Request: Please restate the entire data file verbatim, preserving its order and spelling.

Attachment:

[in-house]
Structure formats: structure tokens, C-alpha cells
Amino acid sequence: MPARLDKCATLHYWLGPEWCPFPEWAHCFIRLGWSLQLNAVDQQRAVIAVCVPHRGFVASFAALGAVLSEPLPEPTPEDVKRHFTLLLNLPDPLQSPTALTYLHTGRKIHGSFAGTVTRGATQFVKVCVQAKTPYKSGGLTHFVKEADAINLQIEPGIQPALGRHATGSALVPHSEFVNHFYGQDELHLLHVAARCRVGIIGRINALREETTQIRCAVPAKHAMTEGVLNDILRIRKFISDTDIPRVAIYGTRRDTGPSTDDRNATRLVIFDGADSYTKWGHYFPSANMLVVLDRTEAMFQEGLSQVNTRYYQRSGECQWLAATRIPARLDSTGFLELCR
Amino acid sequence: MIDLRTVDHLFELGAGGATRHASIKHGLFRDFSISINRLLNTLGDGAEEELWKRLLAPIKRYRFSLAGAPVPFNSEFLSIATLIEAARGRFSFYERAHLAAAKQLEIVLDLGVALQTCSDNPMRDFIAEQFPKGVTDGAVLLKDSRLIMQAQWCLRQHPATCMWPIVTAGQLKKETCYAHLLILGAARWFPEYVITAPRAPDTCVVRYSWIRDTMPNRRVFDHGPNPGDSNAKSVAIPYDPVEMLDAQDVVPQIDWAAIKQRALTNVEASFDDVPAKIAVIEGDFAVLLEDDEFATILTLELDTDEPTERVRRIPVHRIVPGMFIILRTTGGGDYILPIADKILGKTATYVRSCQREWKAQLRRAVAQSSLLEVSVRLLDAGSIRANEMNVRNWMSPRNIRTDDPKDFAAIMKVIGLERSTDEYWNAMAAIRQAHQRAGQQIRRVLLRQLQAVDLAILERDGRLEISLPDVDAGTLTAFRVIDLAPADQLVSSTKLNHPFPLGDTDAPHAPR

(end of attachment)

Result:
[in-house]
Structure formats: structure tokens, C-alpha cells
Amino acid sequence: MPARLDKCATLHYWLGPEWCPFPEWAHCFIRLGWSLQLNAVDQQRAVIAVCVPHRGFVASFAALGAVLSEPLPEPTPEDVKRHFTLLLNLPDPLQSPTALTYLHTGRKIHGSFAGTVTRGATQFVKVCVQAKTPYKSGGLTHFVKEADAINLQIEPGIQPALGRHATGSALVPHSEFVNHFYGQDELHLLHVAARCRVGIIGRINALREETTQIRCAVPAKHAMTEGVLNDILRIRKFISDTDIPRVAIYGTRRDTGPSTDDRNATRLVIFDGADSYTKWGHYFPSANMLVVLDRTEAMFQEGLSQVNTRYYQRSGECQWLAATRIPARLDSTGFLELCR
Amino acid sequence: MIDLRTVDHLFELGAGGATRHASIKHGLFRDFSISINRLLNTLGDGAEEELWKRLLAPIKRYRFSLAGAPVPFNSEFLSIATLIEAARGRFSFYERAHLAAAKQLEIVLDLGVALQTCSDNPMRDFIAEQFPKGVTDGAVLLKDSRLIMQAQWCLRQHPATCMWPIVTAGQLKKETCYAHLLILGAARWFPEYVITAPRAPDTCVVRYSWIRDTMPNRRVFDHGPNPGDSNAKSVAIPYDPVEMLDAQDVVPQIDWAAIKQRALTNVEASFDDVPAKIAVIEGDFAVLLEDDEFATILTLELDTDEPTERVRRIPVHRIVPGMFIILRTTGGGDYILPIADKILGKTATYVRSCQREWKAQLRRAVAQSSLLEVSVRLLDAGSIRANEMNVRNWMSPRNIRTDDPKDFAAIMKVIGLERSTDEYWNAMAAIRQAHQRAGQQIRRVLLRQLQAVDLAILERDGRLEISLPDVDAGTLTAFRVIDLAPADQLVSSTKLNHPFPLGDTDAPHAPR